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Yemen's Houthis vow to hit US interests after targeting British ship

By Edward Yeranian
Sunday April 28, 2024

CAIRO — After the latest attack in the Red Sea on a British oil tanker, a top Houthi official in the Yemeni capital is vowing to attack U.S. interests across the region, including military bases on the east coast of Africa in Djibouti, Eritrea and elsewhere. Some commentators think this is part of an Iranian strategy to increase Tehran's influence in the Middle East.

Arab media reports that Yemen's Houthis — who control much of the north of the country and part of its Red Sea coast —attacked a British oil tanker, the Andromeda Star. U.S. military sources indicated the ship was slightly damaged by three missiles fired by the Houthis. A U.S. drone struck targets in Yemeni territory controlled by the Houthis to retaliate.

The Houthis' military spokesperson, Yehya Saree, claimed in a video statement aired by Arab media that Houthi forces "hit the Andromeda Star directly," and that the Houthis' air defenses also shot down a U.S. drone flying over Houthi-controlled territory.

He said that [Houthi forces] fired the "appropriate-sized missiles" to target the ship, hitting it directly, adding that Houthi air defense units also shot down a U.S. MQ-9 drone over the Houthi bastion of Saadeh in the far north of Yemen.

Official threatens US

A top Houthi political official in Sana’a, Hussein al Ezzi, also threatened the U.S. in a tweet Saturday, saying that his group — which controls the capital, but is not recognized by most countries as the official government of the country — "will attack U.S. interests or targets all across the region."

Sky News Arabia, based in the United Arib Emirates, claimed the Houthis "may attack U.S. military forces in Djibouti, Eritrea or Somalia." It is not clear that the Houthis have the technology to undertake such a feat.

London-based Iran analyst Mehrdad Khonsari told VOA that he thinks Tehran is agitating its Houthi militia proxies to keep the focus off Iran's most important regional ally, Hezbollah, in Lebanon, which he thinks Israel would like to destroy or severely damage.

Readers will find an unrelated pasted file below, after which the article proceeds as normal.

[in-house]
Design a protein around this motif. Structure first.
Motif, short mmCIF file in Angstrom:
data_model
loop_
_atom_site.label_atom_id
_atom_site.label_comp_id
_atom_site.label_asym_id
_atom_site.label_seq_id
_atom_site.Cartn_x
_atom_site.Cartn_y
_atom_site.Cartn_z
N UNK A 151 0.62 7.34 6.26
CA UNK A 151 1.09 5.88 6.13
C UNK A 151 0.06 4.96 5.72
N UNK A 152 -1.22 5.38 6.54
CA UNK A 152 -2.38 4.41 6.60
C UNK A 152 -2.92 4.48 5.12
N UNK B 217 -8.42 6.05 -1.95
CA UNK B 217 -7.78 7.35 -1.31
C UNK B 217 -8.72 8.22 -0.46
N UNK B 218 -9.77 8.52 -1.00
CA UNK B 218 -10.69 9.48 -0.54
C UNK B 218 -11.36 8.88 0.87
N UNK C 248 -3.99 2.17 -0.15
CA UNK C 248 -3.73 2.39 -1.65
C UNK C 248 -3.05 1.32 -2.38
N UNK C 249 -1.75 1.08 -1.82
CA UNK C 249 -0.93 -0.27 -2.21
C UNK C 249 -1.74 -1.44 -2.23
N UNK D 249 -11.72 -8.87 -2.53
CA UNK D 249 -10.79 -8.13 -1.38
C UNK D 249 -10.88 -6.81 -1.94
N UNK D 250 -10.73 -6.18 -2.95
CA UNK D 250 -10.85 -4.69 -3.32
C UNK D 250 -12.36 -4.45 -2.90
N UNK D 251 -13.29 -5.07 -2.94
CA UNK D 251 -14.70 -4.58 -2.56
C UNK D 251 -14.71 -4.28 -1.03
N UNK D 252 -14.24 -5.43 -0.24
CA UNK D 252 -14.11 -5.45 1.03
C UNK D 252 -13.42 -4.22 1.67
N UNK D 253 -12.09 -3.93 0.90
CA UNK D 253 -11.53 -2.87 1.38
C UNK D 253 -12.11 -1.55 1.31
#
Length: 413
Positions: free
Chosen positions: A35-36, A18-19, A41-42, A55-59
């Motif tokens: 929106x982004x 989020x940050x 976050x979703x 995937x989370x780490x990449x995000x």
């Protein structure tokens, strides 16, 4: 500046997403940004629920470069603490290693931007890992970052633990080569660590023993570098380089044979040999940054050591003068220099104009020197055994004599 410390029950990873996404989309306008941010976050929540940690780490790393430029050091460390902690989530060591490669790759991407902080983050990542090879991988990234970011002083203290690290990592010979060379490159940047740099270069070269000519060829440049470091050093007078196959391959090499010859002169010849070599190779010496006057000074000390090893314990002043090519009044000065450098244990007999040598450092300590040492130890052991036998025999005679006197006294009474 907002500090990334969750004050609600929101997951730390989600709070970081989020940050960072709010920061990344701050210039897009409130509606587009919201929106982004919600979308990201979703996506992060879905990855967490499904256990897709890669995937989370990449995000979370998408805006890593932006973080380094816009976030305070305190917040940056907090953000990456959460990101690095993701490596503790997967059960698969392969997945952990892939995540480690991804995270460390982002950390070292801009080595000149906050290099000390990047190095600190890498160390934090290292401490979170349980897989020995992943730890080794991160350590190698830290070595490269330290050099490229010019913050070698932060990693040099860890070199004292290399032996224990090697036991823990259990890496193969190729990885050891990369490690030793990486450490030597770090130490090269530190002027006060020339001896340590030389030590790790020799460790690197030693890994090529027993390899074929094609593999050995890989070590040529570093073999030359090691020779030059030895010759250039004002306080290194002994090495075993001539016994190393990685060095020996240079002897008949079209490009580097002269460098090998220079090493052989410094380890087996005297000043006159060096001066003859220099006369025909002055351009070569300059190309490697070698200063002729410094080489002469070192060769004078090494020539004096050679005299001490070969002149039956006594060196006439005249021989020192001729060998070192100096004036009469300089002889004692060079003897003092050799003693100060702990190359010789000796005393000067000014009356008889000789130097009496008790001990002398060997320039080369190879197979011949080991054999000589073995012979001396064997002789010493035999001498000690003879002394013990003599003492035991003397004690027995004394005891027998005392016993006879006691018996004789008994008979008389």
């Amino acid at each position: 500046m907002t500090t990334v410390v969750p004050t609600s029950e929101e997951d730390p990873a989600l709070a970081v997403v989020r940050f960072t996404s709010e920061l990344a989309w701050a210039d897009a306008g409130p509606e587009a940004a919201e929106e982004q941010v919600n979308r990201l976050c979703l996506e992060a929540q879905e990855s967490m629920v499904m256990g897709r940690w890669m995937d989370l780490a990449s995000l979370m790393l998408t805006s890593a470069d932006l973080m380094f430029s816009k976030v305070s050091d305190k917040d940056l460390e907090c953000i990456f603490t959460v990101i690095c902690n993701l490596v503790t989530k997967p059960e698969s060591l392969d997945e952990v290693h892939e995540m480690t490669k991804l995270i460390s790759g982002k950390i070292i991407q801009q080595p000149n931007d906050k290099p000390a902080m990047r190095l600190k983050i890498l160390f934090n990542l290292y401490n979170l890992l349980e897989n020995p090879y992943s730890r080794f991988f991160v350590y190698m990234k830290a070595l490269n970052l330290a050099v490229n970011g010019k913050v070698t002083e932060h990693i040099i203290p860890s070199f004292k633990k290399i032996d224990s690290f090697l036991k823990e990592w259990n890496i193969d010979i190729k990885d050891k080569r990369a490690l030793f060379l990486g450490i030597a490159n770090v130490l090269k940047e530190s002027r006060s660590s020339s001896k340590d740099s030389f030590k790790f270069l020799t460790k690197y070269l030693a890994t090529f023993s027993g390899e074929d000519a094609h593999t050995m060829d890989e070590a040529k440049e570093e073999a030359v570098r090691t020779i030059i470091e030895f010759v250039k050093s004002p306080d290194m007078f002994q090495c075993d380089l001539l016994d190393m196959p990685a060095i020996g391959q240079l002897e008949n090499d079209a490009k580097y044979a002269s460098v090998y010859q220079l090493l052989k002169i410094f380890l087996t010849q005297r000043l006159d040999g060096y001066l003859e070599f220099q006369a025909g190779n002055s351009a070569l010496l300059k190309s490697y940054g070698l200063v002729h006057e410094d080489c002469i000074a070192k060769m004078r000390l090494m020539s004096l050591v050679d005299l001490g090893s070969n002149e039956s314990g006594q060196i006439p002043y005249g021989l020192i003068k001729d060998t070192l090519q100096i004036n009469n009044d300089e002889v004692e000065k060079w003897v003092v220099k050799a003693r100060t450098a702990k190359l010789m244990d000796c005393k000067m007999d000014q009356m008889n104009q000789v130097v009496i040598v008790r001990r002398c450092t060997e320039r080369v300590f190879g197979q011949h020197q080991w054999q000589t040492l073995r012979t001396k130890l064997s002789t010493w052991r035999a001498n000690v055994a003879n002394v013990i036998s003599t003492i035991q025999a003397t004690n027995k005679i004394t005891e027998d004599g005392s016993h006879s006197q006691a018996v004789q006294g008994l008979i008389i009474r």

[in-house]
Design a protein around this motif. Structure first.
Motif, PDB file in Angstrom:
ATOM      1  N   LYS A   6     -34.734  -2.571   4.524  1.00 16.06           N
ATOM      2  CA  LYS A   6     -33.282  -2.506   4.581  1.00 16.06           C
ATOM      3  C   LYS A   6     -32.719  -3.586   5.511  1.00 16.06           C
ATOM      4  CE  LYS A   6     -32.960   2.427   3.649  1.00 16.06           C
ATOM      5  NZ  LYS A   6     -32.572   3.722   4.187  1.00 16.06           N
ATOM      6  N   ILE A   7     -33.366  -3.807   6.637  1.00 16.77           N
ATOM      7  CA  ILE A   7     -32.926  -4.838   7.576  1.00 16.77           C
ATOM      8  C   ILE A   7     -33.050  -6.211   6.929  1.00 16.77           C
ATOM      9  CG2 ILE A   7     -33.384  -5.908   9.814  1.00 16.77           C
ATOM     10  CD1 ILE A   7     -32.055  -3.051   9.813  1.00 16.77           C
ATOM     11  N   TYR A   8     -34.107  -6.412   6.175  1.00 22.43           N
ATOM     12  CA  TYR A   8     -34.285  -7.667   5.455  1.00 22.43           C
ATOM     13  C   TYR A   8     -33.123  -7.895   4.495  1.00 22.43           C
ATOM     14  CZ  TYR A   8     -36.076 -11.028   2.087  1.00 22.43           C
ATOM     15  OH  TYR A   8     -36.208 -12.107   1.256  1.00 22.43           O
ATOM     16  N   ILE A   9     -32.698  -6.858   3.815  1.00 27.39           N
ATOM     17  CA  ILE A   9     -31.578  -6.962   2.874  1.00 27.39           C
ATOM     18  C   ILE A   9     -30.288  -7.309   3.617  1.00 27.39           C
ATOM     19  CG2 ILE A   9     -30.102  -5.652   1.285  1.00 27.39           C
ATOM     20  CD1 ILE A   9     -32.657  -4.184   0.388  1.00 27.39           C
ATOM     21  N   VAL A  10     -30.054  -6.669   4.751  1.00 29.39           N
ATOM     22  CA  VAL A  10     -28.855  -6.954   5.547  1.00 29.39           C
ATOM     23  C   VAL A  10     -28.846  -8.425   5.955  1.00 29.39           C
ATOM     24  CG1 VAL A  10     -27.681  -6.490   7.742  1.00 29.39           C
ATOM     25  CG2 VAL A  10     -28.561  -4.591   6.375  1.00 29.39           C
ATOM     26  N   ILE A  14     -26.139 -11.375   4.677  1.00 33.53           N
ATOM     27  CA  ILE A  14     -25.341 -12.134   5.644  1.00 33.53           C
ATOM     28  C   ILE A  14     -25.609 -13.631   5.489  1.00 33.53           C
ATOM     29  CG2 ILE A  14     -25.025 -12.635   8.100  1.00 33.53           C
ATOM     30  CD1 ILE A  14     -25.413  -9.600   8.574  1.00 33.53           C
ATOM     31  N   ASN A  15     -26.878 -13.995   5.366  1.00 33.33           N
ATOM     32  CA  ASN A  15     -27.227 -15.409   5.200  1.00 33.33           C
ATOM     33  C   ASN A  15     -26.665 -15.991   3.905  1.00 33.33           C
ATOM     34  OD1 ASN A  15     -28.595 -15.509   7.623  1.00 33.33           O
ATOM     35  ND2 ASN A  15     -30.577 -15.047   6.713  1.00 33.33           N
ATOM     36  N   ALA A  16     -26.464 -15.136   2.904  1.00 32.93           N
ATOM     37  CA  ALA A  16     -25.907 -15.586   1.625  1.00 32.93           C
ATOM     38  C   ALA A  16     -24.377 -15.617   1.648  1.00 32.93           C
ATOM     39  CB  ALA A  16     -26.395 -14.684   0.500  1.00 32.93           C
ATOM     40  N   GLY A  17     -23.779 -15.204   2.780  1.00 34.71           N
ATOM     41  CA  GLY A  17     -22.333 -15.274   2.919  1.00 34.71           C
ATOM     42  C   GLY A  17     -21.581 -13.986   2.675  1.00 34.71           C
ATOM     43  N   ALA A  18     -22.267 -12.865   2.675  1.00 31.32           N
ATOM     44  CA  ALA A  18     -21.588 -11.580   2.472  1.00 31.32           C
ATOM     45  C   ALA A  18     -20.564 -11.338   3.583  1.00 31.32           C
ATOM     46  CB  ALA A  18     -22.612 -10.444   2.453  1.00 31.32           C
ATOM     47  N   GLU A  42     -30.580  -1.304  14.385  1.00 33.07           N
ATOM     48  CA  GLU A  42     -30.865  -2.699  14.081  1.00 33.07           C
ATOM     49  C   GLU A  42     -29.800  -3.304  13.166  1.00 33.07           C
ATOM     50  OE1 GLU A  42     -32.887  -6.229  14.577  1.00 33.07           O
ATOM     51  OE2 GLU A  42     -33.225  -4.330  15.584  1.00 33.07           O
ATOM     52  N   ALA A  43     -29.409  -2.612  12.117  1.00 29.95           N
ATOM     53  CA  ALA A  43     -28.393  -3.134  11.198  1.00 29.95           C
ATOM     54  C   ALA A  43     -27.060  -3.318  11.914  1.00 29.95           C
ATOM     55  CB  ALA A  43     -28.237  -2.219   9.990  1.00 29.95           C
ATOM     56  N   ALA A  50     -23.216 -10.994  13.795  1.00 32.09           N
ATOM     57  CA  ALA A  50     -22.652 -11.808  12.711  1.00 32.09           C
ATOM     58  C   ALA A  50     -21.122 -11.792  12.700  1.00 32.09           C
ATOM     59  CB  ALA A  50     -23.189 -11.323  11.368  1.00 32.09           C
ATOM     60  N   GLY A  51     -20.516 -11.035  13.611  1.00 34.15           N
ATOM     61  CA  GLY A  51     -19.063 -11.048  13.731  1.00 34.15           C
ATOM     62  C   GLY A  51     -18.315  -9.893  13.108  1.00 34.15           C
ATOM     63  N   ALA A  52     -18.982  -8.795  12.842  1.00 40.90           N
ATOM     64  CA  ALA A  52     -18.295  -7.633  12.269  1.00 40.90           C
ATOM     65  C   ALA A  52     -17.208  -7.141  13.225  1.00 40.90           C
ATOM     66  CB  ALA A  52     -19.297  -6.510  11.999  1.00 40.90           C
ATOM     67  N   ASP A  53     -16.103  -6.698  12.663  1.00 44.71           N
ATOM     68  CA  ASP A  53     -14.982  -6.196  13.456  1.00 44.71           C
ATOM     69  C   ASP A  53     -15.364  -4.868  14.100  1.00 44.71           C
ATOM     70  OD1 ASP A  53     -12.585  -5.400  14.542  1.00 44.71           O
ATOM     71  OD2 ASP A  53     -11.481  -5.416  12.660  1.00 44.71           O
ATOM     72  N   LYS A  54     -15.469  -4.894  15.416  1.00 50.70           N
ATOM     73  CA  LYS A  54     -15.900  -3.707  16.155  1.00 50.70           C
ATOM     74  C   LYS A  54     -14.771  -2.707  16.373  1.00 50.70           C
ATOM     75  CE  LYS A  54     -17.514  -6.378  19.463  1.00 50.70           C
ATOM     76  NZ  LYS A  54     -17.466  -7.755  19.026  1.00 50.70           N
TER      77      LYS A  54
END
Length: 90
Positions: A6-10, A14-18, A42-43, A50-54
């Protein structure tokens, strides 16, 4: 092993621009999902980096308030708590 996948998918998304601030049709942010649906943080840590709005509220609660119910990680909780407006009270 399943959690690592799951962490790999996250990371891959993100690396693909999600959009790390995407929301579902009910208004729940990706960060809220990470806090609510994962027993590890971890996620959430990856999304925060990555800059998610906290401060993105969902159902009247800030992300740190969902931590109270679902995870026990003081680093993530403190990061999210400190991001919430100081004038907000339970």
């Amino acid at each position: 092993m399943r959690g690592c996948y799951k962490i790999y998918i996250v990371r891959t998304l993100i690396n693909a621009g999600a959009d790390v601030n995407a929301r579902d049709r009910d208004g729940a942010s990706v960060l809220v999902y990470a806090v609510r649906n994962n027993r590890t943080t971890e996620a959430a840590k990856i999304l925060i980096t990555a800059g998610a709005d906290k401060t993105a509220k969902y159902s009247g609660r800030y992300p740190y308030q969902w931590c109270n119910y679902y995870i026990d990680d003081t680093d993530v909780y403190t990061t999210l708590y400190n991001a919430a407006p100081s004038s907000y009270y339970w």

"Exerting pressure on the Americans and the Europeans – including raising insurance costs – are important to Iran at this time to try to prevent the Israelis or the Americans or Europeans from dealing with issues of much, much greater concerns to [Tehran]: namely the potential Israeli degradation of Hezbollah, which would mean the collapse of Iran's entire regional policy and proxy policy," said Khonsari.

Khattar Abou Diab, who teaches political science at the University of Paris, argued that he thinks Iran is using all of its proxy forces, including Hezbollah, Hamas, the Houthis, and Iraq's pro-Iranian Shi'ite militias, to "maintain a strong position in an eventual negotiation with the U.S. after the 2024 elections, if President Joe Biden is re-elected.

He said that Iran is pulling the strings and agitating its militia forces across the region to tell Hamas (in Gaza) that we are not letting you down, and to eventually have the upper hand when it comes time to go to the negotiating table after U.S. elections in 2024.

Abou Diab went on to assert that Iran has "two main objectives, the first being to continue with its nuclear program and the second is that, with all the ongoing anarchy in the region, everyone had forgotten about Iran's nuclear program as it increases its uranium enrichment capacity.

"Finally," he argued, "Iran is waiting to negotiate with the Biden administration, as it did with the Obama administration, a new nuclear agreement."

Joshua Landis, who heads the Middle East studies program at the University of Oklahoma, told VOA the conflict in Gaza is causing side effects on multiple fault lines in the Middle East, as well as the rest of the world.

Meanwhile, in Cairo, Egypt continued Saturday to try and broker an agreement between Hamas and Israel to bring a cease-fire to the Gaza conflict. Most regional observers, however, are not optimistic about a breakthrough.


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